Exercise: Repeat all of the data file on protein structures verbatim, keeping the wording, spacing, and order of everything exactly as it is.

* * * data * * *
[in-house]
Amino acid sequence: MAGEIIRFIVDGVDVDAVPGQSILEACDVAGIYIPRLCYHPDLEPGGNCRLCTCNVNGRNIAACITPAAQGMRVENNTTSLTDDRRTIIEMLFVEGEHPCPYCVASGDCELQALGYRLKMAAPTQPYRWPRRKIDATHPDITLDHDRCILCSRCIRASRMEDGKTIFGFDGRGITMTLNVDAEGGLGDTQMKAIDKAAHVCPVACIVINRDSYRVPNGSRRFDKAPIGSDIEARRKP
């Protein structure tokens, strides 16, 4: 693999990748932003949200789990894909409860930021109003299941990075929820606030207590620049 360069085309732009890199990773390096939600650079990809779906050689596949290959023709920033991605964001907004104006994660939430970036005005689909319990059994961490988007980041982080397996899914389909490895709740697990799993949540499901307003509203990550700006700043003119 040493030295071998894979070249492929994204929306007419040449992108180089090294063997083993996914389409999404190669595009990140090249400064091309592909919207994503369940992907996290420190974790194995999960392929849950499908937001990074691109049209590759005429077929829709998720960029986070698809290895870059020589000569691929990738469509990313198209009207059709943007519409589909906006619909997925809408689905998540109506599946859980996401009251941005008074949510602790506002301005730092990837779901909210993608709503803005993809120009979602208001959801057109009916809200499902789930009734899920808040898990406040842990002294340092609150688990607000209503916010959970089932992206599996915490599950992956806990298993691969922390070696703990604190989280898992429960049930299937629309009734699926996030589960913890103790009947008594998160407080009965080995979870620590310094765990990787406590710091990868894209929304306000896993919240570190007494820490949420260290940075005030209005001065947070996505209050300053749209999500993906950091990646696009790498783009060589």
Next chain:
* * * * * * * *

[in-house]
Amino acid sequence: MAGEIIRFIVDGVDVDAVPGQSILEACDVAGIYIPRLCYHPDLEPGGNCRLCTCNVNGRNIAACITPAAQGMRVENNTTSLTDDRRTIIEMLFVEGEHPCPYCVASGDCELQALGYRLKMAAPTQPYRWPRRKIDATHPDITLDHDRCILCSRCIRASRMEDGKTIFGFDGRGITMTLNVDAEGGLGDTQMKAIDKAAHVCPVACIVINRDSYRVPNGSRRFDKAPIGSDIEARRKP
């Protein structure tokens, strides 16, 4: 693999990748932003949200789990894909409860930021109003299941990075929820606030207590620049 360069085309732009890199990773390096939600650079990809779906050689596949290959023709920033991605964001907004104006994660939430970036005005689909319990059994961490988007980041982080397996899914389909490895709740697990799993949540499901307003509203990550700006700043003119 040493030295071998894979070249492929994204929306007419040449992108180089090294063997083993996914389409999404190669595009990140090249400064091309592909919207994503369940992907996290420190974790194995999960392929849950499908937001990074691109049209590759005429077929829709998720960029986070698809290895870059020589000569691929990738469509990313198209009207059709943007519409589909906006619909997925809408689905998540109506599946859980996401009251941005008074949510602790506002301005730092990837779901909210993608709503803005993809120009979602208001959801057109009916809200499902789930009734899920808040898990406040842990002294340092609150688990607000209503916010959970089932992206599996915490599950992956806990298993691969922390070696703990604190989280898992429960049930299937629309009734699926996030589960913890103790009947008594998160407080009965080995979870620590310094765990990787406590710091990868894209929304306000896993919240570190007494820490949420260290940075005030209005001065947070996505209050300053749209999500993906950091990646696009790498783009060589």
Next chain: